Weddings and literature have one thing in common, romance, and it means that literary weddings work really, really well. We’ve covered the topic a few sites at For Reading Addicts and with the wedding season upcoming, we’re at it again.
last year we brought you brilliantly bookish wedding ideas offering a stack of ideas for your literary themed wedding, and today I stumbled across this lovely slideshow, showing all the aspects of a literary themed wedding.
If you’re looking for some inspiration, here it is. If you’re planning a wedding on a literary theme, you might want to take notes.
Since that first appearance he’s been back several times, proving a favourite with children and mothers alike. The British heartthrob who’s played characters such as hardman Alfie in Peaky Blinders and the Krays may not seem like the first choice for reading bedtime stories but both him and his dog have been popular additions to the show. Read More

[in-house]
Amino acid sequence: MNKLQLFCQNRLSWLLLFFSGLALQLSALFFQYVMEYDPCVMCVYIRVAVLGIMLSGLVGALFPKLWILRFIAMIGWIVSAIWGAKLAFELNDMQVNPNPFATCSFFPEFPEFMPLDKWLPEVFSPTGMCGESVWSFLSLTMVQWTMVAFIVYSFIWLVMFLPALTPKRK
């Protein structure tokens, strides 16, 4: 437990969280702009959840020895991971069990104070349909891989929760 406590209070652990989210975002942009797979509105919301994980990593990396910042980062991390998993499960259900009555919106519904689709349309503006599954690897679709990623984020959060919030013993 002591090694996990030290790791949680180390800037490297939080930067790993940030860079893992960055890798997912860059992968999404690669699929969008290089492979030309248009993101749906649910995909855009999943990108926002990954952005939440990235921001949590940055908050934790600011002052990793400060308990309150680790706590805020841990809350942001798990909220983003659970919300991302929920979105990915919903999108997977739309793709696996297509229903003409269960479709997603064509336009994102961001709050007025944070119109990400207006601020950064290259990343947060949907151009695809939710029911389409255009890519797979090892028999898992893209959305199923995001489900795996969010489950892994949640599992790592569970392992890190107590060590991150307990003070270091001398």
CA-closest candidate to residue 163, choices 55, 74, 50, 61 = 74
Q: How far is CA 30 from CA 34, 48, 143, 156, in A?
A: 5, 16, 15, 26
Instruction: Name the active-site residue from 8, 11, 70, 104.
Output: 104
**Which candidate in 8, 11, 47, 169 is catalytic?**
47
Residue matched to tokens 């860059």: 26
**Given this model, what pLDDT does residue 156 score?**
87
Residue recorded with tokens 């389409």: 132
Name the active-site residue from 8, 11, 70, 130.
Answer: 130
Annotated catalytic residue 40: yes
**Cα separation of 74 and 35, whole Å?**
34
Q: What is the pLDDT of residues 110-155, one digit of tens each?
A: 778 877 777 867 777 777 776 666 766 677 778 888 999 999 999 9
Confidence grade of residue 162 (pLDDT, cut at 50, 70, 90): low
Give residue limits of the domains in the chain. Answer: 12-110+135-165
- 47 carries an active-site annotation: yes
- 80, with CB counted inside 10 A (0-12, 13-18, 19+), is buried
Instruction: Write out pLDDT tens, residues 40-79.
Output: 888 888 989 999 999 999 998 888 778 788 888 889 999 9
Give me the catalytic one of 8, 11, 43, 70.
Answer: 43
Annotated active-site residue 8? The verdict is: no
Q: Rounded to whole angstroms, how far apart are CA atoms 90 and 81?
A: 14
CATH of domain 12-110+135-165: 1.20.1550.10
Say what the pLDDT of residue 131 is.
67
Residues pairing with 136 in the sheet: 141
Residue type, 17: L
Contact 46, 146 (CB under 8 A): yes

Gnomeo and Juliet was based loosely on Shakespeare’s Romeo and Juliet – the animation was far less tragic and a lot more musical, with songs by Elton John. The British-American collaboration was greeted with mixed reviews but did well in the box office and became the highest-grossing animated feature among those released at the time until it was beaten by The Lego Movie in 2014. Its sequel introduces new characters and a new literary inspiration: Sherlock Holmes… Sherlock Gnomes.
There is a host of famous voices returning for the sequel as well as some new characters. James McAvoy is back as Gnomeo alongside Emily Blunt as Juliet, with Michael Caine, Maggie Smith, Julie Walters, and Richard Wilson as their parents. Sherlock Gnomes and his friend Gnome Watson are played by Johnny Depp and Chiwetel Ejiofor, with Mary J. Blige appearing as Sherlock’s ex-girlfriend and general bad girl doll Irene.
Check out the trailer below to see what is in store for the Redbricks and the Blueburys.
A literary iconoclast during his lifetime, Kerouac’s popularity only grew with his premature death and his books are as popular today as they always were, maybe more so considering the number of his works published posthumously. Read More